JB: How long is the ferry ride from Juneau to Bellingham?
AS: The ferry ride from Juneau to Bellingham is over 48 hours. I want to say it’s two and a half days, like 60 hours.
JB: I assume there are sleepers as well as parking spaces on the ferry?
AS: Yes there are. They have staterooms. They have a lot of people that camp out. You can bring your cars on. It’s not very affordable anymore. It’s actually a little more expensive to take the ferry trip than it is to fly.
JB: Have you had a mentor or anyone who was influential or helped direct you in child nutrition since you started in that field?
AS: Oh yea, there’ve been lots of mentors along the way. My first couple of years, even though I had experience in education, I had experience if food service, it wasn’t directly in child nutrition under the USDA, and so of course I attended all the annual training conferences, and as I attended those I naturally came across wonderful mentors in the child nutrition program office, Jo Dawson and her staff. And I also met folks like Dean Hamburg, the food service director in Kenai Peninsula, and some other directors throughout the state that had been in child nutrition programs for many more years than myself. And so naturally I got to know them, because they are just great resources and they were able to answer any questions that I had.
JB: Do you feel that your educational background helped prepare you for what you are doing now?
AS: I do. Some people ask me how. You know I originally planned to be a teacher. My background’s in education, but along the way, I didn’t mention that I got a two-year degree in business, and when I was in college I was very interested in business and psychology classes so I took a lot of those and actually was endorsed in those areas to be able to teach in those areas. The business part definitely has helped me, and then my experience in life with the food service. I worked for years and I did everything from bussing, waitressing, prepping, cooking, even the inventory.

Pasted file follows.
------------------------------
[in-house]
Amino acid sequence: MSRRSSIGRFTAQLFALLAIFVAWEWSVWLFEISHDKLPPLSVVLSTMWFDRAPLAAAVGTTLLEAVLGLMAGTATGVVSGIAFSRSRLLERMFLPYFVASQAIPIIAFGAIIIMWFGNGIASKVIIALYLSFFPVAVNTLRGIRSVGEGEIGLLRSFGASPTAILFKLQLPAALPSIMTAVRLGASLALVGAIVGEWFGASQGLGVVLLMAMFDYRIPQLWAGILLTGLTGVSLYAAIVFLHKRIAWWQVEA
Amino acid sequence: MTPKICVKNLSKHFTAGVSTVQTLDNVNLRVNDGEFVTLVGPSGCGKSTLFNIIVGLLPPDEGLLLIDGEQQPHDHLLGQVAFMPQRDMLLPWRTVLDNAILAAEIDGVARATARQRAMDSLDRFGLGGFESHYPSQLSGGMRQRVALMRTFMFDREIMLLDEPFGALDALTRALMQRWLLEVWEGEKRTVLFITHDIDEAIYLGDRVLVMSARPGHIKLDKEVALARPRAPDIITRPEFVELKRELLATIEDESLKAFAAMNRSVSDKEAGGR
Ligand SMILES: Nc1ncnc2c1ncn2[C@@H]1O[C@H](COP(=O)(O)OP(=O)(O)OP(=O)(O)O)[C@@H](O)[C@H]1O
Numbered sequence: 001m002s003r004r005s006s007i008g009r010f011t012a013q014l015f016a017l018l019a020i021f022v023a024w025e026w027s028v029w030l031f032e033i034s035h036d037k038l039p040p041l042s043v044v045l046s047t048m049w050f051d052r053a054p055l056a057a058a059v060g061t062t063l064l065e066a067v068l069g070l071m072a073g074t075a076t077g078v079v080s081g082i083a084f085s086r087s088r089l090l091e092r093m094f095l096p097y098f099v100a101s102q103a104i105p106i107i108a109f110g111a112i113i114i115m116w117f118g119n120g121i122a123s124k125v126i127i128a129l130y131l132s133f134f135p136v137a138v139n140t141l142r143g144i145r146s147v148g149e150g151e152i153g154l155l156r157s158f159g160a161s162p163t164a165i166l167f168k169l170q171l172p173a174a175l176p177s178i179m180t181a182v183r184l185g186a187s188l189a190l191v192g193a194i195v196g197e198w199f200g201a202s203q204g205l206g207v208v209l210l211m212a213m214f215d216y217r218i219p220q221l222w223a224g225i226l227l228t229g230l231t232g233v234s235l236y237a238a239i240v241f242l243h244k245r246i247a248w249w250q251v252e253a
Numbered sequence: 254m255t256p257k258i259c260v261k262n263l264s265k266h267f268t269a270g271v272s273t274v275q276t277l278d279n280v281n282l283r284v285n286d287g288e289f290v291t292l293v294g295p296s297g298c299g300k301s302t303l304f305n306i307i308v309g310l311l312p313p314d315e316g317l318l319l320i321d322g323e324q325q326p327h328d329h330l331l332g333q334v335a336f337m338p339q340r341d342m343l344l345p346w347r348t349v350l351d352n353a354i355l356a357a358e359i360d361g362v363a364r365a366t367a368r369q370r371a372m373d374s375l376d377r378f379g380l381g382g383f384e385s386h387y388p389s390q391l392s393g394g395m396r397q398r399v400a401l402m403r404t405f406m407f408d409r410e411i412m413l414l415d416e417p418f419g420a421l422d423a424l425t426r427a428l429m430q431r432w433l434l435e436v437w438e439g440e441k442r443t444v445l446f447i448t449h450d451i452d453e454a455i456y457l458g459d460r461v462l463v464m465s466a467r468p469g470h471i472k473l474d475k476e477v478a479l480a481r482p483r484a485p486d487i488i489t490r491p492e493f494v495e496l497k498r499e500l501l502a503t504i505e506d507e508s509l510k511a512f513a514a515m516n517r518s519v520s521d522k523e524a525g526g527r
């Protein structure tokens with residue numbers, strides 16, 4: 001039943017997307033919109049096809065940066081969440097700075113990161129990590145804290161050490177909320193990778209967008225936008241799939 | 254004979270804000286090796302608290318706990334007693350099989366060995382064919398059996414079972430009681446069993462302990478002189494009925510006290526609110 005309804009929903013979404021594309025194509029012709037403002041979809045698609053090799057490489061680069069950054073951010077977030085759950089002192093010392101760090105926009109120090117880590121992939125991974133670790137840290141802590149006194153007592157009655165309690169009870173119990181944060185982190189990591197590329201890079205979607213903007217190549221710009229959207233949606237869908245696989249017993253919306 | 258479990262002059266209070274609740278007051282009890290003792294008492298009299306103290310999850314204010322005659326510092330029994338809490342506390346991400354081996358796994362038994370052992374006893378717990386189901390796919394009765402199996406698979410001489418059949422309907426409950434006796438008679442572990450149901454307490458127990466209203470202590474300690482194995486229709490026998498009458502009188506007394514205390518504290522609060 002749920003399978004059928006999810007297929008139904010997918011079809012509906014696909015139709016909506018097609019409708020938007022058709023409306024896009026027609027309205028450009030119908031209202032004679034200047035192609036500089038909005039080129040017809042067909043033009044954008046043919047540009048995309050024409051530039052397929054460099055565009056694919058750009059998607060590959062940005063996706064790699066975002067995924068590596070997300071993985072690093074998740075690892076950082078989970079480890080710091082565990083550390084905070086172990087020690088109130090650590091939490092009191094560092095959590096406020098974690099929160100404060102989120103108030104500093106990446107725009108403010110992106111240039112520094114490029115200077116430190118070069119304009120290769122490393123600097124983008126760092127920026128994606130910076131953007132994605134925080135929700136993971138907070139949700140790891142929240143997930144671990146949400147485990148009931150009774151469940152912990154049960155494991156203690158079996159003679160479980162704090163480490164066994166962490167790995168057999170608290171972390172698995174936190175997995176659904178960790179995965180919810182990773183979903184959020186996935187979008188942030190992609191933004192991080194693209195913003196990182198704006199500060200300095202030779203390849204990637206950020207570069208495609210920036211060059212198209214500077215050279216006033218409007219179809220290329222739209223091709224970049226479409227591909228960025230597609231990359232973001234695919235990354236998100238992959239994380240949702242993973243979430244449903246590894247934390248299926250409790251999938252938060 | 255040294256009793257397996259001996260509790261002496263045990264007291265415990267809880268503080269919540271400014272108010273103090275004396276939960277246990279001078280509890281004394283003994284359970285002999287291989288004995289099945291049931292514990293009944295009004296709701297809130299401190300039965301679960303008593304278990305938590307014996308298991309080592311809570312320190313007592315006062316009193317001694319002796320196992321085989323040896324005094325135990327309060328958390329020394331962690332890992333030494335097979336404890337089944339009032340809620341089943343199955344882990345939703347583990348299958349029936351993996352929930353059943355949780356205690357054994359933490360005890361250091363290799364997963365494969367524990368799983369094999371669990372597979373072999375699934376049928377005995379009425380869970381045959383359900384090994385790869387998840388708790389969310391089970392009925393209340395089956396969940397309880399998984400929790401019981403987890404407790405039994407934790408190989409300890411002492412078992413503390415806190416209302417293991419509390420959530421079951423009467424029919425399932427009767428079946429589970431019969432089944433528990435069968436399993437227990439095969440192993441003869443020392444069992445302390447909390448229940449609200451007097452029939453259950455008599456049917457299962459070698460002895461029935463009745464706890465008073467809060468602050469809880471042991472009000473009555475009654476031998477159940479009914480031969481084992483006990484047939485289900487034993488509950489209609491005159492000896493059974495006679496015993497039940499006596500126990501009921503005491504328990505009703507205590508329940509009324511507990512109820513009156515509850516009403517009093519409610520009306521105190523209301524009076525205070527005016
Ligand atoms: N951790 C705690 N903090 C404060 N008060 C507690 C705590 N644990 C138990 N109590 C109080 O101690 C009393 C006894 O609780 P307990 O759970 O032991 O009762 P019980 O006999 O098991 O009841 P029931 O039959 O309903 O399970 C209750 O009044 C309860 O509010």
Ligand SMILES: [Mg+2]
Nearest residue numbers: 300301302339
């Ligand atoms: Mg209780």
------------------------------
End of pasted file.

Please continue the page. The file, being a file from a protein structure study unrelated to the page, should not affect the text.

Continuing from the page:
JB: And your job title, you’re the director?
AS: I am currently the food service supervisor for our district, and we have a situation that’s unique to some districts in Alaska. We contract with a food service management company. Quite a few of the larger districts in Alaska do all of their own food service. So we contract and we have a director of that company as well. She’s in charge of the menu development. We do it together, but she’s in charge of the menu development. She orders food. She supervises all of the staff in the kitchens in terms of the daily operations. And then my office, I’m the food service supervisor for our district, and we are primarily responsible for all the management pieces, processing school meal benefit applications, verification. We review menus. So we do more of the managerial work.
JB: Is there anything unique about Alaska in regard to child nutrition programs?
AS: Well that’s an interesting question. For me, because I was born and raised in Alaska, I worked in the food service industry in Washington, but other than that my experience is here, it talking with folks, and from my food service experience in Washington, I would say what makes it most unique is the challenges we have with getting food here.
AS: Transportation. You have to plan way ahead. It takes a long time to get the food here and it’s very expensive. So that’s a huge difference. And then labor’s a bit challenging. The cost of living’s higher here, so typically I think we’re paying a little bit more.
JB: What’s a typical day like for you, or is there such an animal?